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The Dark Arena

Mario Puzo

  Praise for Mario Puzo's final novel


  “[A] deft and passionate last novel by the Balzac of the Mafia.”


  “A splendid piece of crime fiction … A fitting cap to a tremendous career … Through it all, Puzo keeps the heat on and keeps the reader enthralled with his characters and his story.”

  —The Denver Po'tt

  “In Omerta (the Sicilian code for silence), Puzo cements his reputation as a page-turning stoiyteller.”

  —Detroit Free Pr&M

  “A seriously guilty pleasure … as with The Godfather, the reader gets sucked into the plot immediately.”

  —The New York Post

  “Puzo suffuses the novel with many of the ingredients his readers crave, tantalizingly documenting the lavish lifestyles and sexual exploits of his hot-blooded characters.”

  —The Miami Herald

  By Mario Puzo















  Children's Book:


  Books published by The Random House Publishing Group are available at quantity discounts on bulk purchases for premium, educational, fund-raising, and special sales use. For details, please call 1-800-733-3000.

  * Published by The Random House Publishing Group

  for erika

  “Fathers and teachers, I ponder “What is hell?” I maintain that it is the suffering of being unable to love.”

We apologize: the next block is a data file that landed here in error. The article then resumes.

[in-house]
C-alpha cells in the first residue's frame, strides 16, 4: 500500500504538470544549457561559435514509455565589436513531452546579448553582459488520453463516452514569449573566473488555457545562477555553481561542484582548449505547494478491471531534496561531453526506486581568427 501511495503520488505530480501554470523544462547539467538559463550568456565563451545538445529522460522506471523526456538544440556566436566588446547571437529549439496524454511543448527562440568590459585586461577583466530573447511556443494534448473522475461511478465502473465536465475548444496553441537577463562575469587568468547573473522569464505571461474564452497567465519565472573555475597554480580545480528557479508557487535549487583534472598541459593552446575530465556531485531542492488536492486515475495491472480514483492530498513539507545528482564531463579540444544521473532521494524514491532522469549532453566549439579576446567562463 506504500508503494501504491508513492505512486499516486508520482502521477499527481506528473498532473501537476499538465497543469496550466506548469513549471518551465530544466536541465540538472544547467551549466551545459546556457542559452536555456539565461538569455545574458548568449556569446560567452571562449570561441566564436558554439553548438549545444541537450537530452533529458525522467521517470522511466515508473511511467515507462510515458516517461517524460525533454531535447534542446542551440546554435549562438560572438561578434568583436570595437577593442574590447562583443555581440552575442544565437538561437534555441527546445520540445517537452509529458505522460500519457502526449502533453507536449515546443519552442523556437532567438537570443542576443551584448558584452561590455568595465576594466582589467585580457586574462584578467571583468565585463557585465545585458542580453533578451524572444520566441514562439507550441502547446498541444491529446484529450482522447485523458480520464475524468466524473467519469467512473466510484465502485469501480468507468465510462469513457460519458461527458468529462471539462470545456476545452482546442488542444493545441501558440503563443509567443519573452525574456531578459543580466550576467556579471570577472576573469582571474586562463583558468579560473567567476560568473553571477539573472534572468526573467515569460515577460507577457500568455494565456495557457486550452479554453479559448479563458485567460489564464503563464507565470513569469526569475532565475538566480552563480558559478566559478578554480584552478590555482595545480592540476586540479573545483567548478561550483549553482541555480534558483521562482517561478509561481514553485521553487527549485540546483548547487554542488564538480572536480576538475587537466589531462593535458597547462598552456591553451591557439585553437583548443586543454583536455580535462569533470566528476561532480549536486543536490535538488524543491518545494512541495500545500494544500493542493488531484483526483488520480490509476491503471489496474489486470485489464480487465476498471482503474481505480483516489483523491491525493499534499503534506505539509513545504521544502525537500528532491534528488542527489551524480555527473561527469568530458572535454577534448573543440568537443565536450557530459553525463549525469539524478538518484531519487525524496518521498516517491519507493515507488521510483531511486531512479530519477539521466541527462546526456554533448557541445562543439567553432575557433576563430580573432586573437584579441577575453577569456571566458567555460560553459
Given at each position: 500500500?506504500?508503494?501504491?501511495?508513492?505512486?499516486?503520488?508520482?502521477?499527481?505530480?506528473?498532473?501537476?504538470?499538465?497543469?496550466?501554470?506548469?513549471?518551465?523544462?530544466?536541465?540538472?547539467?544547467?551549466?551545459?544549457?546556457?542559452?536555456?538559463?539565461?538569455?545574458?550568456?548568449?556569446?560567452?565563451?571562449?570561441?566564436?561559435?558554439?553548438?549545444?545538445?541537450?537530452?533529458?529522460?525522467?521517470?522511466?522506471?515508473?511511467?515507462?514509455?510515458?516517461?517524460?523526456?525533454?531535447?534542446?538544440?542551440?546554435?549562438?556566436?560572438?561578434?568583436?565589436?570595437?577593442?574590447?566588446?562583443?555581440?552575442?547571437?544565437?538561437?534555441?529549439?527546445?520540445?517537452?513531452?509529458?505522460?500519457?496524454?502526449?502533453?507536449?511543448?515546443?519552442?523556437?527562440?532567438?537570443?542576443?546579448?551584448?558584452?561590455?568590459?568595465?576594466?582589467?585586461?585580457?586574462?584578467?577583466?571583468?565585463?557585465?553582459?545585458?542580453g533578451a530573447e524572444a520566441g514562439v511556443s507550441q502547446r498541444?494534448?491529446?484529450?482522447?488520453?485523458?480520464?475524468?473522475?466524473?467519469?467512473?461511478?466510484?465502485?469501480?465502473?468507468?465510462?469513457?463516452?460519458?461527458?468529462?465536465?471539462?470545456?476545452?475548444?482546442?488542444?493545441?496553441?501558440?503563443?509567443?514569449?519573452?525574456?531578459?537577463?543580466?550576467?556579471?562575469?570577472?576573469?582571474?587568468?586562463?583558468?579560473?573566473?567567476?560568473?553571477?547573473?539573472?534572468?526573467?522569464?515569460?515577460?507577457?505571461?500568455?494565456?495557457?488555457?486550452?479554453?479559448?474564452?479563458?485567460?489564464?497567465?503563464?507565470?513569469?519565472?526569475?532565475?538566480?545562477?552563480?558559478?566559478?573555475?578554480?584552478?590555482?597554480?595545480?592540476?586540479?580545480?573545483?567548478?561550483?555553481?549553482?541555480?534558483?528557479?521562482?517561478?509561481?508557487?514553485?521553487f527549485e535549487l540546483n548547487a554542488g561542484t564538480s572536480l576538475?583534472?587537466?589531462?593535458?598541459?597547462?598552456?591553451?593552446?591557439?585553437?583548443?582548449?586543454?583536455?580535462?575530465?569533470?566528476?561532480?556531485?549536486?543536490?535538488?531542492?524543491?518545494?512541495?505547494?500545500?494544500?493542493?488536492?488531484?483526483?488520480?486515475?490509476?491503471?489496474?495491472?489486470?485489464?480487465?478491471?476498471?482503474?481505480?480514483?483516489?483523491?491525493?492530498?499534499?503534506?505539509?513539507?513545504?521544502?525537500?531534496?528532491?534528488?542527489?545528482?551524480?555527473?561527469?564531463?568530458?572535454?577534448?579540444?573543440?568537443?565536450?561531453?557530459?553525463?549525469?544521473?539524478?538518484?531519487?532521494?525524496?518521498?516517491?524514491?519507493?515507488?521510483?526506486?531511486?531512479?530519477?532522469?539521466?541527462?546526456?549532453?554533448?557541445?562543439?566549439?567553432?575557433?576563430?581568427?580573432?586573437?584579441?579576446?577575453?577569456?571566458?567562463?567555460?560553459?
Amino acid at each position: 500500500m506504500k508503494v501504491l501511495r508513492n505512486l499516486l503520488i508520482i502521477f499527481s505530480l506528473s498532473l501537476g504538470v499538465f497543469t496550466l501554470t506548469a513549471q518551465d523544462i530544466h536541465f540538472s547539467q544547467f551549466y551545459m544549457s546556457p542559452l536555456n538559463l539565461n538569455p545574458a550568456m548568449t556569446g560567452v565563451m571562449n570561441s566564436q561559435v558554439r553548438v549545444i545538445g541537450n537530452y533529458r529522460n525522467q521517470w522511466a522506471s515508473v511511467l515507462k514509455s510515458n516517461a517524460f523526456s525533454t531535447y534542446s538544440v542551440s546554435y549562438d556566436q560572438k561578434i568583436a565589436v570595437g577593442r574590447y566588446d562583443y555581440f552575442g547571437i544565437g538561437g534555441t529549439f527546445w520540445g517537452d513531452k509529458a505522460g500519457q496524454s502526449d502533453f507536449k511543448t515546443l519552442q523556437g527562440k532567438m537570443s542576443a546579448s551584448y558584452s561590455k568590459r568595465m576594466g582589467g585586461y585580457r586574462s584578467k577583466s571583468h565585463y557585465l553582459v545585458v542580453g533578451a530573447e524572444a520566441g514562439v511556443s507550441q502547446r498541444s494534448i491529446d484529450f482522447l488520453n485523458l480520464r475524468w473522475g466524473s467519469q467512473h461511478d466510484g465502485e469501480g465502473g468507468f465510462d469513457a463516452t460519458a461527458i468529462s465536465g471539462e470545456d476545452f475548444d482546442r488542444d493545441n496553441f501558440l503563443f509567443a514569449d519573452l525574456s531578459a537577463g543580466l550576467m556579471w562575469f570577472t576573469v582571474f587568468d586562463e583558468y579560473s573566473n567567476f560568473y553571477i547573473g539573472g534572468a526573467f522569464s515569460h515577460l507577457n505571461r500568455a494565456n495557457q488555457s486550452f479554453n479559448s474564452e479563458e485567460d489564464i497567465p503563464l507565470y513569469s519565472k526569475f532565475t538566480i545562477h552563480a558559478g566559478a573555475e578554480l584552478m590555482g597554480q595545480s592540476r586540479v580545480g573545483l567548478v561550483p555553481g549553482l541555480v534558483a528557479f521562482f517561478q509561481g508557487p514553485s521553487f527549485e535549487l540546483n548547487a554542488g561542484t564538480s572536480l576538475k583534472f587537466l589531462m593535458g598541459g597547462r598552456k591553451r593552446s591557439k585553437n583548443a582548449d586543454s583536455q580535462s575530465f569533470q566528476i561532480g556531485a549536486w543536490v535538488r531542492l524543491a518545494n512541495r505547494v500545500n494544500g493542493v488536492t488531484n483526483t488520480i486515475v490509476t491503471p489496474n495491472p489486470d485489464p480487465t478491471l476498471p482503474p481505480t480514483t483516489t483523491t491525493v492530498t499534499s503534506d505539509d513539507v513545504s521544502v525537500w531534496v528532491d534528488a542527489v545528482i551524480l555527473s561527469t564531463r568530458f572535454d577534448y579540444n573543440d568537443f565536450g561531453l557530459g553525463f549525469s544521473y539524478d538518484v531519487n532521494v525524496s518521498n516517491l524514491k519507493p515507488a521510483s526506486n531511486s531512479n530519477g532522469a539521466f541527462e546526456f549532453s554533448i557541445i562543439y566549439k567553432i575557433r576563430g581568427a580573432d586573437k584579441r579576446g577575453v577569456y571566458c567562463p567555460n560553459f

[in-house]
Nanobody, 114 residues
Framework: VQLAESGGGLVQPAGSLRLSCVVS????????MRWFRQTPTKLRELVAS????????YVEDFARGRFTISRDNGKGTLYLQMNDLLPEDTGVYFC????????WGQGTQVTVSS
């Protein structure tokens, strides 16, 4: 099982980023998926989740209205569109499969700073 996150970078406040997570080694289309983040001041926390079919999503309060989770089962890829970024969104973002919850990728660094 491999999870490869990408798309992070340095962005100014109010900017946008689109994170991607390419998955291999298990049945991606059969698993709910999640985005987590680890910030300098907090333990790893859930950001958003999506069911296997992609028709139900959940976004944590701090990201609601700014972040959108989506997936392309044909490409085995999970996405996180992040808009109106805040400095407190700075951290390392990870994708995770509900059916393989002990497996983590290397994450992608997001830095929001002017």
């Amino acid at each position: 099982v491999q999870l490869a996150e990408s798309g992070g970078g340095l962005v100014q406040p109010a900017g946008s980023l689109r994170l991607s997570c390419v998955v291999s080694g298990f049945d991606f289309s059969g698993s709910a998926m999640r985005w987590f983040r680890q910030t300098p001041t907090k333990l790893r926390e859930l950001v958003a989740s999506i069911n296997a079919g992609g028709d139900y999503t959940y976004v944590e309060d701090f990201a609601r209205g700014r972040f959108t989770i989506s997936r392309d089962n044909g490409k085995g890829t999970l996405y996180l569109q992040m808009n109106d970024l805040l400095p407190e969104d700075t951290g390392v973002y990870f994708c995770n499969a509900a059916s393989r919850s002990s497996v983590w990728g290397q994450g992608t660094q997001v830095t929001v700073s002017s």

“Oh, there are some who remain proud and fierce even in hell, in spite of their certain knowledge and contemplation of the absolute truth; there are some fearful ones who have given themselves over to Satan and his proud spirit entirely. For such, hell is voluntary and ever consuming; they are tortured by their own choice. For they have cursed themselves, cursing God and life. They live upon their vindictive pride like a starving man in the desert sucking blood out of his own body. But they are never satisfied, and they refuse forgiveness, they curse God Who calls them. They cannot behold the living God without hatred, and they cry out that the God of life should be annihilated, that God should destroy Himself and IDs own creation. And they will burn in the fire of their own wrath forever and yearn for death and annihilation. But they will not attain to death … “